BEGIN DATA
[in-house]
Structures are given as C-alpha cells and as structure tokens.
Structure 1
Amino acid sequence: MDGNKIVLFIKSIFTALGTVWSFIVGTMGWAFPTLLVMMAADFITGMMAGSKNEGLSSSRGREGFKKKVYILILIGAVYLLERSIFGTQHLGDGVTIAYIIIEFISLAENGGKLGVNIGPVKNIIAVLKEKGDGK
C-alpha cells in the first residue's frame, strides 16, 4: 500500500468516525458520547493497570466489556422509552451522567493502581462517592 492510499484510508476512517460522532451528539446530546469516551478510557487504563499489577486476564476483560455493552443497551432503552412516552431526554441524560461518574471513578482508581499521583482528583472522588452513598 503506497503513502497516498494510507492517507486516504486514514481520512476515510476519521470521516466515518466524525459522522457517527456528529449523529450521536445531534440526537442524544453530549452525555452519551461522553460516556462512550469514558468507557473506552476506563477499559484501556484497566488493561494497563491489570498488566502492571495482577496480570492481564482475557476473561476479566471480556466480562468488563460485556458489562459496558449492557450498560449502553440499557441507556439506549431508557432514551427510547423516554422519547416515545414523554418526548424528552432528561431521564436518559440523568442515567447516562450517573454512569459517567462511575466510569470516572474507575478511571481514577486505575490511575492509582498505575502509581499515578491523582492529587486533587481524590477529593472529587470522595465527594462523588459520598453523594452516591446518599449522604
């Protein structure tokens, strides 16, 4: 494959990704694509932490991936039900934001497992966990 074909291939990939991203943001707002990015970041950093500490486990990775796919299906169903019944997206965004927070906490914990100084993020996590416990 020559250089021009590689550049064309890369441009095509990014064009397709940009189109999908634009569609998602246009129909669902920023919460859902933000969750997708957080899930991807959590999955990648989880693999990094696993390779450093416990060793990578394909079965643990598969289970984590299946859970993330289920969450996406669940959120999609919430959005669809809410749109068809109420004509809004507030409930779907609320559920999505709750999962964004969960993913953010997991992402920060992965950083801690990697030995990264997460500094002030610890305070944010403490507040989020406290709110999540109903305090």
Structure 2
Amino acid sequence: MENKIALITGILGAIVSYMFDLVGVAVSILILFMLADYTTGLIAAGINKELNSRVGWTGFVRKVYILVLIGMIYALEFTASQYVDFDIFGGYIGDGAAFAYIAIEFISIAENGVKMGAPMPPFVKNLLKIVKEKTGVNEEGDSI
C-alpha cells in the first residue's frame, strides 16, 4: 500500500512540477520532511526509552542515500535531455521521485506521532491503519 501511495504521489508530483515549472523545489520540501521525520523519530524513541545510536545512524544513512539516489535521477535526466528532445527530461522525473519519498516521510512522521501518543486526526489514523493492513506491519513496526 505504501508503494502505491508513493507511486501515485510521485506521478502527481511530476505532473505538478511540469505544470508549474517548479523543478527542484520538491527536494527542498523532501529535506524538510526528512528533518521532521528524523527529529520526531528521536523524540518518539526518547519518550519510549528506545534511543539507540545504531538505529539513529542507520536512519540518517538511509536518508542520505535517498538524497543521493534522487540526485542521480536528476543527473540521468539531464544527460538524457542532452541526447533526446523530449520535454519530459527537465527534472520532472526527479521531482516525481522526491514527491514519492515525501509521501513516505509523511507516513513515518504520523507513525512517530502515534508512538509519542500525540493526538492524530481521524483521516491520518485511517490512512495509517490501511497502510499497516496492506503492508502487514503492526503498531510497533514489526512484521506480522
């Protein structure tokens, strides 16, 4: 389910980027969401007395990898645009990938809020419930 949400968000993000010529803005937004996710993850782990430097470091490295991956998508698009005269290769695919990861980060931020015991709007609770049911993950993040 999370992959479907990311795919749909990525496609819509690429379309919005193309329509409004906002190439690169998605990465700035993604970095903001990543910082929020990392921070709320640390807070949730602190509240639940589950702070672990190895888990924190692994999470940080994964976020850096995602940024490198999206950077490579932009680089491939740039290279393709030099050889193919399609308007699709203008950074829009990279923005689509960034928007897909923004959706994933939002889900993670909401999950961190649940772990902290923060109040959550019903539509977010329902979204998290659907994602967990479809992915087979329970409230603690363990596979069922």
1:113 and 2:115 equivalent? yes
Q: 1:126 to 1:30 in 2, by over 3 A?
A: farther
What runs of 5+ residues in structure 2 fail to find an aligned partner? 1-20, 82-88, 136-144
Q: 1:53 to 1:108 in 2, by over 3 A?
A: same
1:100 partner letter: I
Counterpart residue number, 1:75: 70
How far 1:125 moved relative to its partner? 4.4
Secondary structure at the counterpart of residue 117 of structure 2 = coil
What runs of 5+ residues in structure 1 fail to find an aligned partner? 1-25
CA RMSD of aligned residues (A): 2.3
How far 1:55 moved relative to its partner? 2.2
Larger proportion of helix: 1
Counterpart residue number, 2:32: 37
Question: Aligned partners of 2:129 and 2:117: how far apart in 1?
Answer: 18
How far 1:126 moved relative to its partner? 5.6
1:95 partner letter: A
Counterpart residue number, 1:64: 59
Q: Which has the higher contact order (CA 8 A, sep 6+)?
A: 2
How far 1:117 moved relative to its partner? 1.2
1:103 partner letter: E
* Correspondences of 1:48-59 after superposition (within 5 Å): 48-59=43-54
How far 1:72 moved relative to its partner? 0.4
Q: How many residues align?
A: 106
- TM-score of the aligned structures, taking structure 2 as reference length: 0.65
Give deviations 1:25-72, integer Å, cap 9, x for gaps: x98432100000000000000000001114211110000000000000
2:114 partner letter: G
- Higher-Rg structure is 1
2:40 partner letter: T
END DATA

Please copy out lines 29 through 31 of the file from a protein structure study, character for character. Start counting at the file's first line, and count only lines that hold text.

1:95 partner letter: A
Counterpart residue number, 1:64: 59
Q: Which has the higher contact order (CA 8 A, sep 6+)?